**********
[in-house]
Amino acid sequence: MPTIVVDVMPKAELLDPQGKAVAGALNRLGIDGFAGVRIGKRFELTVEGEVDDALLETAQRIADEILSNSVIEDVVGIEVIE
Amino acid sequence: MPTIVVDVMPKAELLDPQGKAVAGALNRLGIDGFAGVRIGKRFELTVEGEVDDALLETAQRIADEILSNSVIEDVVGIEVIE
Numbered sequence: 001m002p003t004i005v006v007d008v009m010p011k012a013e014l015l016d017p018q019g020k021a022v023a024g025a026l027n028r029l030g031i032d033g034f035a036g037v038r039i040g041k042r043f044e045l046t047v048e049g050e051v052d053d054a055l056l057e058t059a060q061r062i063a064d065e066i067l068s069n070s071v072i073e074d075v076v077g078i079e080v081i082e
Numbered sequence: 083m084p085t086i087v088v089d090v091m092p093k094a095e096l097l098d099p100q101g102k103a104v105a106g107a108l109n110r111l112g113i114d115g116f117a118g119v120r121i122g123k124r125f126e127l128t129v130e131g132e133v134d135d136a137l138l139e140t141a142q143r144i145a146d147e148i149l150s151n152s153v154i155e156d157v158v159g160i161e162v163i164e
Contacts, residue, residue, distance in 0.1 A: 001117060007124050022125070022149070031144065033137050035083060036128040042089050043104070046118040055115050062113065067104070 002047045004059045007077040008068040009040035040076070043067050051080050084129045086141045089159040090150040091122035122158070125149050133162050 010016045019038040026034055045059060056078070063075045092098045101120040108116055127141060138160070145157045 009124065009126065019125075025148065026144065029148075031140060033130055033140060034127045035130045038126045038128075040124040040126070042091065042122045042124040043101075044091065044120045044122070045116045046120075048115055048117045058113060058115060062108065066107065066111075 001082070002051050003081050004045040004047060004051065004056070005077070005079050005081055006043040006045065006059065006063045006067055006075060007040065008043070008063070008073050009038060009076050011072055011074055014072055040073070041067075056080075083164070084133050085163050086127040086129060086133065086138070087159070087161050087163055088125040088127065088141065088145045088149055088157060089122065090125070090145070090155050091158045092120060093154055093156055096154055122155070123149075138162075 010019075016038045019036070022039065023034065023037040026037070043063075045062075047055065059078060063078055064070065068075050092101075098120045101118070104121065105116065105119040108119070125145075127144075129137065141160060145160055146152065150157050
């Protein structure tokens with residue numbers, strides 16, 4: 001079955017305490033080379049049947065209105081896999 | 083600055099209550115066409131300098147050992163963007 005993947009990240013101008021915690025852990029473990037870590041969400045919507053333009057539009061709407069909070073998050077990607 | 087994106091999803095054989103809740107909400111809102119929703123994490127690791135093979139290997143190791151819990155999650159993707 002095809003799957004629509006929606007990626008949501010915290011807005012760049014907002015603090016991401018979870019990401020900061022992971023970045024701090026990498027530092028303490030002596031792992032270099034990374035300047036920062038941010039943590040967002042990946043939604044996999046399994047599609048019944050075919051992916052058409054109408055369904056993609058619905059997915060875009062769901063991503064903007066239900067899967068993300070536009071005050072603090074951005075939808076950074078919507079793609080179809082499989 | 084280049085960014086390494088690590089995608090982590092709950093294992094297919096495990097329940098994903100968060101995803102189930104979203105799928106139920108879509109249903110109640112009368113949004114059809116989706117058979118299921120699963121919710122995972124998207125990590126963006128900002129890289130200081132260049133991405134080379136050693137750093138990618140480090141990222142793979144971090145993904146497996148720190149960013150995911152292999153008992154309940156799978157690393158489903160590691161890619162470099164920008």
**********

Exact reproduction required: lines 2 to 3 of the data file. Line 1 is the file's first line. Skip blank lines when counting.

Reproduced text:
Amino acid sequence: MPTIVVDVMPKAELLDPQGKAVAGALNRLGIDGFAGVRIGKRFELTVEGEVDDALLETAQRIADEILSNSVIEDVVGIEVIE
Amino acid sequence: MPTIVVDVMPKAELLDPQGKAVAGALNRLGIDGFAGVRIGKRFELTVEGEVDDALLETAQRIADEILSNSVIEDVVGIEVIE